To date, no biomarker has been identified that is specific enough to detect pancreatic cancer at an early stage and no reliable treatments. In hopes of changing survival rates, the Ohio State Wexner Medical Center researcher Zobeida Cruz-Monserrate, PhD, has been awarded multiple grants to understand why pancreatic cancer cells express specific proteins, explore whether those proteins could serve as early detection biomarkers and discover if blocking them could serve as effective therapy.
A five-year, $1.78 million R01 grant from the National Cancer Institute funds the first study from Dr. Cruz-Monserrate, director of the Molecular and Cellular Biology Program and Laboratory in the Division of Gastroenterology, Hepatology and Nutrition (GHN) at The Ohio State University, as well as a member of the Molecular Carcinogenesis and Chemoprevention Program at The Ohio State University Comprehensive Cancer Center – Arthur G. James Cancer Hospital and Richard J. Solove Research Institute (OSUCCC – James).
The study explores the role of a protein called lipocalin 2 (LCN2) in pancreatic ductal adenocarcinoma (PDAC), which grows in a complex tumor microenvironment (TME) that’s poorly understood at the molecular level. As a result, effective prevention and treatment therapies remain elusive.
According to materials provided by the Cruz-Monserrate Lab:
- Pancreatic stellate cells (PSC) are key mediators of inflammation and the fibrotic stroma in the TME.
- The lab’s long-term goal is to understand molecular "cross talk" among cells in the PDAC TME—with particular focus on LCN2.
- This understanding may then guide development of effective therapies that block LCN2 and/or LCN2-associated pathways.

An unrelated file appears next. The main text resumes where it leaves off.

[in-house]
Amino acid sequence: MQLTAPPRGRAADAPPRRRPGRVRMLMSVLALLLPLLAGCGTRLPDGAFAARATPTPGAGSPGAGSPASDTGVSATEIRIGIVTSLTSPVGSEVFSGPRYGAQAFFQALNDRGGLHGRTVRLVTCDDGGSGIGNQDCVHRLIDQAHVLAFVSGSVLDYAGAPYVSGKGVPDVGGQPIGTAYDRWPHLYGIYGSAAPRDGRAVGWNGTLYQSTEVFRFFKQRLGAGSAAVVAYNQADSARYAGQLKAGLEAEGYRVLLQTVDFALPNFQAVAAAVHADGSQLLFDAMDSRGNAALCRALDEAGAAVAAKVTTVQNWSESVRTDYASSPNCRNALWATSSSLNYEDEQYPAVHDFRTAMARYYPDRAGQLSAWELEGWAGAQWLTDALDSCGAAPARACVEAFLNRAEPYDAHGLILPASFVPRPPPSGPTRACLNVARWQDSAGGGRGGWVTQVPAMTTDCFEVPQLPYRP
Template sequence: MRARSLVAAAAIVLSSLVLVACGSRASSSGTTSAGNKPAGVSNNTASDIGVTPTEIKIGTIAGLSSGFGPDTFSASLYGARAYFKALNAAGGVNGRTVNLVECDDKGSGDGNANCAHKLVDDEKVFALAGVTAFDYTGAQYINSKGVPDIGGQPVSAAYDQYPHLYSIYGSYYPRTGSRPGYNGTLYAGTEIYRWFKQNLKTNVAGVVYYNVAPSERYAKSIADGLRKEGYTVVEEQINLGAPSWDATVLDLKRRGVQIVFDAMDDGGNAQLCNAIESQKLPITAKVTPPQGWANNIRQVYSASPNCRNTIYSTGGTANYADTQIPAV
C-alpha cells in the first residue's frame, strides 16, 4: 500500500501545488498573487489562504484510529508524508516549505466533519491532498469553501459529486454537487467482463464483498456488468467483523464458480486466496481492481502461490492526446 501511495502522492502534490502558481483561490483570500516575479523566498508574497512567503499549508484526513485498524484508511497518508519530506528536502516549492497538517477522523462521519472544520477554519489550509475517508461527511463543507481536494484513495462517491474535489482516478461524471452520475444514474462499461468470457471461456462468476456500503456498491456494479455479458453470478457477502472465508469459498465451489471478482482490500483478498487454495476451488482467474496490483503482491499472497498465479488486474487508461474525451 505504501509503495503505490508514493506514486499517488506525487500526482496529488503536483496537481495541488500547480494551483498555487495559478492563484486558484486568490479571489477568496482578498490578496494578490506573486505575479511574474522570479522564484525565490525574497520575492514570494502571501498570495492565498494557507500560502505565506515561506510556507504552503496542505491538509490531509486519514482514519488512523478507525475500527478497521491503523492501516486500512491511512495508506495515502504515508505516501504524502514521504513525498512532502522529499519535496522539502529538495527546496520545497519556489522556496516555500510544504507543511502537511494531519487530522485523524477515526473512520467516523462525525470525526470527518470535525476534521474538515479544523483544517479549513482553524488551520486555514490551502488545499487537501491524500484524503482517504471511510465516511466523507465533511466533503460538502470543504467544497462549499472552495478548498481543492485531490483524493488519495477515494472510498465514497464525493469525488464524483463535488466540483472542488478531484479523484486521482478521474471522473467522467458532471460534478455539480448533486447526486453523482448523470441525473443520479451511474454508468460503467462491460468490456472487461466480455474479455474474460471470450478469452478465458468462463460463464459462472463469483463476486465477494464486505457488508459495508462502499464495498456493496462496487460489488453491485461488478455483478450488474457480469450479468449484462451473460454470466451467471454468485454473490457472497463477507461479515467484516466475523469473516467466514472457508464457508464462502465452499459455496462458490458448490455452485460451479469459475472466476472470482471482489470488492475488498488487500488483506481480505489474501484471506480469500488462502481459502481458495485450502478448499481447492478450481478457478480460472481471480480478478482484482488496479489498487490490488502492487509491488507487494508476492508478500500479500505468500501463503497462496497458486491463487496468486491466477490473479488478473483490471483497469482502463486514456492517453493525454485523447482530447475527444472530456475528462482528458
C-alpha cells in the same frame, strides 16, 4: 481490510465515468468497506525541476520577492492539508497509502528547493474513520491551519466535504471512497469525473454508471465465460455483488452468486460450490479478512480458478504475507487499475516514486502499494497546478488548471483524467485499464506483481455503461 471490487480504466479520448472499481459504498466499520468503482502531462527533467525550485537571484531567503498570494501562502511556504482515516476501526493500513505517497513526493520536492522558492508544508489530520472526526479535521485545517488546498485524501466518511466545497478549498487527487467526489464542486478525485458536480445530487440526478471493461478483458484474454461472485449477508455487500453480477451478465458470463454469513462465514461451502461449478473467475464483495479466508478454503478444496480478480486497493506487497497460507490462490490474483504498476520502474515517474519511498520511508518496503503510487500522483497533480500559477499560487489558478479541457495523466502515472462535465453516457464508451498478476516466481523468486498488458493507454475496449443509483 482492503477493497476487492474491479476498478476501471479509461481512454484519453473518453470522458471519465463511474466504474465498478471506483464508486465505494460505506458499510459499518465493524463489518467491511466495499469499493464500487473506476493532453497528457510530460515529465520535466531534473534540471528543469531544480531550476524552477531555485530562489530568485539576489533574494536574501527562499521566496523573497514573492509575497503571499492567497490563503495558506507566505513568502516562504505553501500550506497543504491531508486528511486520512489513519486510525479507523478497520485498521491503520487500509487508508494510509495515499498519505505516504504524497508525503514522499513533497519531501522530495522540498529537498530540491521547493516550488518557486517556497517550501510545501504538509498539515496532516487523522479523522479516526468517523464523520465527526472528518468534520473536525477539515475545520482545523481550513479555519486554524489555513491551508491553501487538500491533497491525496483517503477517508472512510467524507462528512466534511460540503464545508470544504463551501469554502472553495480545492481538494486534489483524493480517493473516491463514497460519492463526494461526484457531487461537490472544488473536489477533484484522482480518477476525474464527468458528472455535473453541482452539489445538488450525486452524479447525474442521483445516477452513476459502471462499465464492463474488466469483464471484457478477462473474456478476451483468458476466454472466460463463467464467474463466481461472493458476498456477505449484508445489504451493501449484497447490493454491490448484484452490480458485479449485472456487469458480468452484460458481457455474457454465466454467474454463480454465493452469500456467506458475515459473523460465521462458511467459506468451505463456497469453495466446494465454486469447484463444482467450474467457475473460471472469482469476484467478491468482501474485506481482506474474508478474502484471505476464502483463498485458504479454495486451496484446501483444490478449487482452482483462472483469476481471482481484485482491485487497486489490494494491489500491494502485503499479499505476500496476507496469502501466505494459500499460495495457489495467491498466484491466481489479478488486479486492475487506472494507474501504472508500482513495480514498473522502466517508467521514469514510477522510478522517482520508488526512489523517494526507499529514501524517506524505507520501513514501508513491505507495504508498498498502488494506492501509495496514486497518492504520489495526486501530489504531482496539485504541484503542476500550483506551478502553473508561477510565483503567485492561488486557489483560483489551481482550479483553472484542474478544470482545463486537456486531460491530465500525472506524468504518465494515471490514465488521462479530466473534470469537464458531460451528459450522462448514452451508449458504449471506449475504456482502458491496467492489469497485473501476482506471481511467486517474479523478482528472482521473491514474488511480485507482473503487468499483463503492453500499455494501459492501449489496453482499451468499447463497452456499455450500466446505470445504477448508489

“If we can confirm that LCN2 can serve as a reliable target for the treatment of pancreatic cancer, we could then develop new interventions that are in such a dire need for this disease,” Dr. Cruz-Monserrate says.
The second study, a two-year R21 grant awarded by the National Cancer Institute, will allow the Cruz-Monserrate Lab to explore the development of cachexia in pancreatic patients. Characterized by the dramatic loss of skeletal muscle mass and extreme weight loss, cachexia can account for up to a third of all cancer deaths and is particularly prevalent in pancreatic cancer patients.
“Early in my career, I met and interacted with surgeons who explained how devastating pancreas cancer was and how my research could one day help make a difference,” Dr. Cruz-Monserrate says. “That’s when my passion toward this disease started and continues to this day. As with the other studies in our lab, my hope is that our findings relative to cachexia can one day directly translate into effective therapies in a clinical setting.”
A third new funding mechanism for the Cruz-Monserrate Lab is an intramural research program (IRP) awarded by the OSUCCC – James and funded by Pelotonia. IRP awards are intended to foster innovation and discovery by providing the seed money needed to develop promising research and to generate preliminary data and publications that will make them competitive for NCI grants.
“Adipose tissue can also secrete the pro-inflammatory factor LCN2, which could be influencing tumor development in obese individuals,” Dr. Cruz-Monserrate explains. “This research project will focus on which secreted factors from the adipose tissue elicit cancer growth so we can better understand the role of obesity in the initiation, progression and prevention of pancreatic cancer, since obesity is known to increase the risk of pancreatic cancer development.”
A fourth study, in collaboration with H. Lee Moffitt Cancer Center & Research Institute and funded by the Oncology Research Information Exchange Network® (ORIEN) New Oncologic Visionary Awards (NOVA) program, explores the protease activity and genomic expression of molecules in tumors for the early detection of pancreatic cancer in high-risk pancreatic cystic lesions.
“I have been extremely fortunate to have my academic appointment as assistant professor be within the Department of Internal Medicine Division of Gastroenterology Hepatology and Nutrition,” Dr. Cruz-Monserrate says. “My close collaboration with clinicians has facilitated discussions about the most critical clinical needs of pancreatic cancer patients. These partnerships were crucial to the development of all these studies and will continue to fuel successful execution of each moving forward.”